- repeated failure or rejection – if you have tried hard to complete your driving test and you keep failing, or you feel rejected by family or friends, you may develop low self-esteem, knocking your confidence
- anger – if you struggle to express your feelings, particularly anger, you could find yourself low in self-confidence as a result of not expressing your anger in a safe and responsible way
- negative thinking – sometimes you start to think negatively due to an event or situation, which can then become a habit and part of your general outlook. You might not even realise you’ve been thinking negatively, or how it’s been impacting on you
Impact of low self-confidence
The impact of low self-confidence varies greatly and can range from only impacting in one specific area, to being very restricting and debilitating. Low self-confidence can result in:
- anxiety, stress, loneliness, and increased likelihood of depression
- communication difficulties; inability to speak clearly or listen to and follow instructions
- shyness to the point it can come across as rude to some i.e. no eye contact, mumbling any greeting, inability to engage with others
- inability to assert yourself i.e. agreeing to tasks or favours when you really want to say “NO”
- social anxiety; where you’ll avoid parties, work events or large gatherings, or leave early
Worse still, these negative consequences reinforce your negative self-image and could lead to lower self-confidence. This, in turn, can lessen your ambition to learn, ability to focus, and affect your ability to reach your full potential. You might become increasingly unproductive or even actively turn to self-destructive behavior.
When we lack confidence, sometimes it’s because we worry what others might think of us. Maybe they’ll laugh at us if we make mistakes. This thinking can stop us from doing things we want or need to do because we believe that the consequences are too painful or embarrassing.
While it’s not always easy to be confident in yourself, particularly if you’re quite self-critical, or if others put you down — do not despair! There are steps that you can take to increase and maintain your self-confidence.
Why self-confidence is important
Most people admire self-confident people, and might even envy them a bit! Self-confident people appear to be at ease with themselves, in their role or their work. They invite trust and inspire confidence in others such as bosses, colleagues, customers, friends, or peers. These are attractive characteristics to have, and I think most of us would like to have them too.
Some other benefits of self-confidence:
- you’ll be more willing to try new things, like signing up for new courses, applying for a new job or promotion and taking up new hobbies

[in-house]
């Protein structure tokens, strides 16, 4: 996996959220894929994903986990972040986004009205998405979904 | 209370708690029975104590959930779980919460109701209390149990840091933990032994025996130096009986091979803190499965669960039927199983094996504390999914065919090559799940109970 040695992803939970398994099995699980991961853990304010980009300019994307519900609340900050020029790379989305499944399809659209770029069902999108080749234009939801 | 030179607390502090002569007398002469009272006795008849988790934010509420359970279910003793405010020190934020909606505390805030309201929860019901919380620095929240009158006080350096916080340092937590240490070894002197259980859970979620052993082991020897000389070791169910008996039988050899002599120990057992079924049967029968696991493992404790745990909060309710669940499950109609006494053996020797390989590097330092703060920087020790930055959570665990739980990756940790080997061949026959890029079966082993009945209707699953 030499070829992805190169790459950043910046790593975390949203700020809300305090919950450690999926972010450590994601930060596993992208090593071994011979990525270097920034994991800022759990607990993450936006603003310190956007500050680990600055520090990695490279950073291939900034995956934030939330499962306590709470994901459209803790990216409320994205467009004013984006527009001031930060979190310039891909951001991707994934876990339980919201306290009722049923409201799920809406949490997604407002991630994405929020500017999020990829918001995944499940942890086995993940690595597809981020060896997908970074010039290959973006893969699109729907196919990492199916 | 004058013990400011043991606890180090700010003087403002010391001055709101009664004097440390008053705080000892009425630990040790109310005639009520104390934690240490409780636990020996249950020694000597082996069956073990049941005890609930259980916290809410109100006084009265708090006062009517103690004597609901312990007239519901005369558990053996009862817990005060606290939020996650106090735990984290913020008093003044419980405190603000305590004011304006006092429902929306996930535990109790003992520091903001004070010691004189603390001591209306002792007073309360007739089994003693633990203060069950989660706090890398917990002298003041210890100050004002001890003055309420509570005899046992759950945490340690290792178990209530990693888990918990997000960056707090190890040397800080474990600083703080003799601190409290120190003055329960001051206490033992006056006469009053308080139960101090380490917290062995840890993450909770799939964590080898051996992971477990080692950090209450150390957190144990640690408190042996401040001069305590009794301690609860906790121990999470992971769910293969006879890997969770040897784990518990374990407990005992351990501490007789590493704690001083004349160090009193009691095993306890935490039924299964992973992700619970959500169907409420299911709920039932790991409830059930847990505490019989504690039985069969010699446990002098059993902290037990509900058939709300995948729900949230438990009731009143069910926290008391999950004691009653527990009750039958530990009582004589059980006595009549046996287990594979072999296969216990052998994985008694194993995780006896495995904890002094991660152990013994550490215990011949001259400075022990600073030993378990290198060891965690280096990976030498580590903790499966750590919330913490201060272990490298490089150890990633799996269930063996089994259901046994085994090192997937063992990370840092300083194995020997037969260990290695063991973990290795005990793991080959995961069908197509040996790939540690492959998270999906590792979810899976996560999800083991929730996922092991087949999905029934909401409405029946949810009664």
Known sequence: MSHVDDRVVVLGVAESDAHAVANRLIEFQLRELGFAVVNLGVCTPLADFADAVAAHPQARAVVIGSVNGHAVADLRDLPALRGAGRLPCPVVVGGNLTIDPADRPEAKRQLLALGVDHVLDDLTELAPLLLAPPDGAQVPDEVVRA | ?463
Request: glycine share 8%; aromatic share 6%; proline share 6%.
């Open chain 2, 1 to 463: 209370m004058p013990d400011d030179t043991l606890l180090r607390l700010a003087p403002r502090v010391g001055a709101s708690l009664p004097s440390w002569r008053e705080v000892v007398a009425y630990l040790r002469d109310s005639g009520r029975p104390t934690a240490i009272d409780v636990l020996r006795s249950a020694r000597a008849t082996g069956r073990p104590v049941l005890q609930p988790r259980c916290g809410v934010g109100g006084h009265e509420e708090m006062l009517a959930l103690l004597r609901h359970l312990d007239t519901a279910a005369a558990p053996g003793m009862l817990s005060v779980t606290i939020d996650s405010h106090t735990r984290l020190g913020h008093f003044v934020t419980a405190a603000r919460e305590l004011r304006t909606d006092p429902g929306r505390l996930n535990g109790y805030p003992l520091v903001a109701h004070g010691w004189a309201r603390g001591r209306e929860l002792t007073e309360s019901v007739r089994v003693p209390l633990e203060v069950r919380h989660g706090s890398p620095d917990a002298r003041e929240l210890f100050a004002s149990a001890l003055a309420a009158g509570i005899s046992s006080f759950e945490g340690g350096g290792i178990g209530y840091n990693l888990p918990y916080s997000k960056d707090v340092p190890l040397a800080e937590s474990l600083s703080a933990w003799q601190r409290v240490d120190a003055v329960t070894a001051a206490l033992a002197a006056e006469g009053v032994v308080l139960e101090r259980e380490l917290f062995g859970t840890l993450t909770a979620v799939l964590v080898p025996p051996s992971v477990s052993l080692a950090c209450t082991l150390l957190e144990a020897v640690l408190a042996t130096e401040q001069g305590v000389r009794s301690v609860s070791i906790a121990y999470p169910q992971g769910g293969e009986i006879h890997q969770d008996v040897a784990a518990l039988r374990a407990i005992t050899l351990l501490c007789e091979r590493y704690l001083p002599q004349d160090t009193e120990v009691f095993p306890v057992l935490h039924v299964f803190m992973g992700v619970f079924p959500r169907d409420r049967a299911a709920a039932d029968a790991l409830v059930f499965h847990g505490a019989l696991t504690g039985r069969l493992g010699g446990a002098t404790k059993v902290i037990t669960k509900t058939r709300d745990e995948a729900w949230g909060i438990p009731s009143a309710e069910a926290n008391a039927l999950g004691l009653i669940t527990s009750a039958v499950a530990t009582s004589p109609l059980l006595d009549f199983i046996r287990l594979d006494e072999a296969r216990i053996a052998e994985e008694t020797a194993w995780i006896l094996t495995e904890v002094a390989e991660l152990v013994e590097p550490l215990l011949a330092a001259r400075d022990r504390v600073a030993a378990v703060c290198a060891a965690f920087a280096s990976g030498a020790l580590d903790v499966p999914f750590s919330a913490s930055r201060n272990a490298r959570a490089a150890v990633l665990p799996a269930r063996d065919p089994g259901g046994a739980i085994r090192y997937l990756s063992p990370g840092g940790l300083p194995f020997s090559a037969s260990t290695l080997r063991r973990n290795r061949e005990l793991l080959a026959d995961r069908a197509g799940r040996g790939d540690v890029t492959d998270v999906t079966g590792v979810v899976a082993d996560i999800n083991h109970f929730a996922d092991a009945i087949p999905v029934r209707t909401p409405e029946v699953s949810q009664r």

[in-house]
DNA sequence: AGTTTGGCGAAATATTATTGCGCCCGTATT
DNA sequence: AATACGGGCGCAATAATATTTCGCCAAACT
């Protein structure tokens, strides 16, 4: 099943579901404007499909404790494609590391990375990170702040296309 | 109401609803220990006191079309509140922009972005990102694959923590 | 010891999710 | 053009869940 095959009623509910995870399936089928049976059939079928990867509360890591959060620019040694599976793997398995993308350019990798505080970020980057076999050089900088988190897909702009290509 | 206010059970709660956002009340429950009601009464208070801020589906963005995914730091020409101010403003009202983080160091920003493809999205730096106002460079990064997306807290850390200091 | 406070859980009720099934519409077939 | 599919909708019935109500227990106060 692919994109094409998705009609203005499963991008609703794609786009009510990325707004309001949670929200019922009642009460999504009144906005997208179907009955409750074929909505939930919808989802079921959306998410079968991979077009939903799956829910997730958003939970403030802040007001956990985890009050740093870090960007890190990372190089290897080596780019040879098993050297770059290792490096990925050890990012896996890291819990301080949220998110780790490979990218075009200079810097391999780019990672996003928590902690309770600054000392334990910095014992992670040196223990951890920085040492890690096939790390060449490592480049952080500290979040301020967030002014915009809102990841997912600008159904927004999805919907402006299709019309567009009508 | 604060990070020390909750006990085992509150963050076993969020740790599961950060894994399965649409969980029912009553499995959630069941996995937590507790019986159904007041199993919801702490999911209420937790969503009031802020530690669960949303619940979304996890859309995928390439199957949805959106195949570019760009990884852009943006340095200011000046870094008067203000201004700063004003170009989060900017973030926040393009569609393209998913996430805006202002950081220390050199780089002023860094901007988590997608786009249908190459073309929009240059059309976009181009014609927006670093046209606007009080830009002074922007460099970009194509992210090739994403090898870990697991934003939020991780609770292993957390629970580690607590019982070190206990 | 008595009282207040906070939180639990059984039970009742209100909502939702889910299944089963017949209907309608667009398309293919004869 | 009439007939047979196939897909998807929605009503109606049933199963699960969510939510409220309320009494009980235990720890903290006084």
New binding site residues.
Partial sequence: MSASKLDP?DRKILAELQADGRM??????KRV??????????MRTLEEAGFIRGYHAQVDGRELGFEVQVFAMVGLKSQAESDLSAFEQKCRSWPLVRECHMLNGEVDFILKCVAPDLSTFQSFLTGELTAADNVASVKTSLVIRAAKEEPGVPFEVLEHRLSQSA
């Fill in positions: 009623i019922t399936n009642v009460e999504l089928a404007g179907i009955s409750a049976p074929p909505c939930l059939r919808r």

- with confidence, you can influence others more easily, as well as control your own emotions and behaviors more responsibly
- you’ll perform better when you feel confident, whether it’s at work, school or say when you have to give a presentation, you’ll stay calm and focused
- it gives you the ability to thrive in the areas you want to, be able to overcome any obstacles, and know that you can achieve your goals. i.e. as an athlete, a new student or an author
- helps in making better decisions i.e. to walk away from an abusive relationship or how to discipline your children effectively and appropriately
- brings freedom from self-doubt and negative thinking about yourself
- generally happier and more satisfied with your life than people who lack self-confidence
- more willing to take smart risks and more able to move outside your comfort zone i.e. pack in your job to travel for a year or return to studying
- helps to adapt and perform well even under pressure i.e at a new job
- assists in building better professional bonds at work
- you’ll experience less anxiety and less stress, and more fearlessness
- reduced social anxiety, allowing you to connect well with others and you’ll generally feel happier
- more comfortable in social situations and people tend to be attracted to you and your conversation
Your self-confidence will bring you more enthusiasm for life and the future. Also, you’ll transfer your excitement to others through your walk, how you hold yourself, and how you engage. Furthermore, the positive energy you project will be contagious and attractive to others. Just think about how that might feel.
Okay, we’ve covered self-confidence, what it is, the lack of and the impact, together with the benefits and the importance. So, in my next post, we’ll explore some ways to maintain and improve our self-confidence.
Over to you
Do you think you’ve gained anything from this post? I feel confident (😜) that I’ve covered the basics of self-confidence but perhaps I’ve forgotten or missed something important and you want to tell me? I’m happy for you to critique my posts, honestly, and I look forward to your feedback, comments, or questions.